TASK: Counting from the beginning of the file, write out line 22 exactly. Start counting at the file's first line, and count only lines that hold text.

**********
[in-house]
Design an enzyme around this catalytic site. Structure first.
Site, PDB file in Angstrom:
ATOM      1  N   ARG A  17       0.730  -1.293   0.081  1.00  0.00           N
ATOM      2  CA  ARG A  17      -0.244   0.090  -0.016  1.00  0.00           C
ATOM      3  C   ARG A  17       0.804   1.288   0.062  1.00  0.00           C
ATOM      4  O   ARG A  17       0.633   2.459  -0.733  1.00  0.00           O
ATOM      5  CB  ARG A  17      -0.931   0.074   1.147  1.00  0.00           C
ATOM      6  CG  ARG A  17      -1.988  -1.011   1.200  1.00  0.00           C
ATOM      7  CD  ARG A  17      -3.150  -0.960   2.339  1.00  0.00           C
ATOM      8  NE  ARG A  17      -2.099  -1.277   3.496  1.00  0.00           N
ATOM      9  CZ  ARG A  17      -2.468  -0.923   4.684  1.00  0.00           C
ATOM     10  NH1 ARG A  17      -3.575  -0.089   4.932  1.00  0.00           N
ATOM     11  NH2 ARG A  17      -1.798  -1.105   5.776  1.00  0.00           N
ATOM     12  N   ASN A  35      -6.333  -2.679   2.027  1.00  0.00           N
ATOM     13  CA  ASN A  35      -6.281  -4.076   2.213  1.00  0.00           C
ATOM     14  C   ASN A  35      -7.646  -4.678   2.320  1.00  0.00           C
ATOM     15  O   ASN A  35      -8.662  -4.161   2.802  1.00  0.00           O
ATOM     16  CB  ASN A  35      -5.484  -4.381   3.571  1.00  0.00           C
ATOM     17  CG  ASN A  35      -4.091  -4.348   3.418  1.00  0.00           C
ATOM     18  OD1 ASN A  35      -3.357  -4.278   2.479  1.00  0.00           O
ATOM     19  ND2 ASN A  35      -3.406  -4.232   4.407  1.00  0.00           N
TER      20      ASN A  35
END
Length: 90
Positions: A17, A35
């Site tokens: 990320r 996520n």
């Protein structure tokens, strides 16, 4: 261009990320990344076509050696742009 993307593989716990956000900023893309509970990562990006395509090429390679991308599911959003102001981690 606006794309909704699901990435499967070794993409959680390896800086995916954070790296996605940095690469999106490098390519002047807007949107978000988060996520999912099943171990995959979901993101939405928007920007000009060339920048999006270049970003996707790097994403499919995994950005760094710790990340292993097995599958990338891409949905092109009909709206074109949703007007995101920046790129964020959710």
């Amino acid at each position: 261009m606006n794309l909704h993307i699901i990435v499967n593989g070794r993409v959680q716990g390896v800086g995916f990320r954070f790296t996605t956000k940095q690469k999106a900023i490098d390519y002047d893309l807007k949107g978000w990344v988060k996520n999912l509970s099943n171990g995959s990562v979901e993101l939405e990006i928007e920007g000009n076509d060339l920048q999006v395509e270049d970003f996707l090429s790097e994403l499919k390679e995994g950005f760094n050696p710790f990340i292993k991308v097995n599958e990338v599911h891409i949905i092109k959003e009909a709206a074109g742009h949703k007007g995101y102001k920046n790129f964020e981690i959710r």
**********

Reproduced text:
ATOM     19  ND2 ASN A  35      -3.406  -4.232   4.407  1.00  0.00           N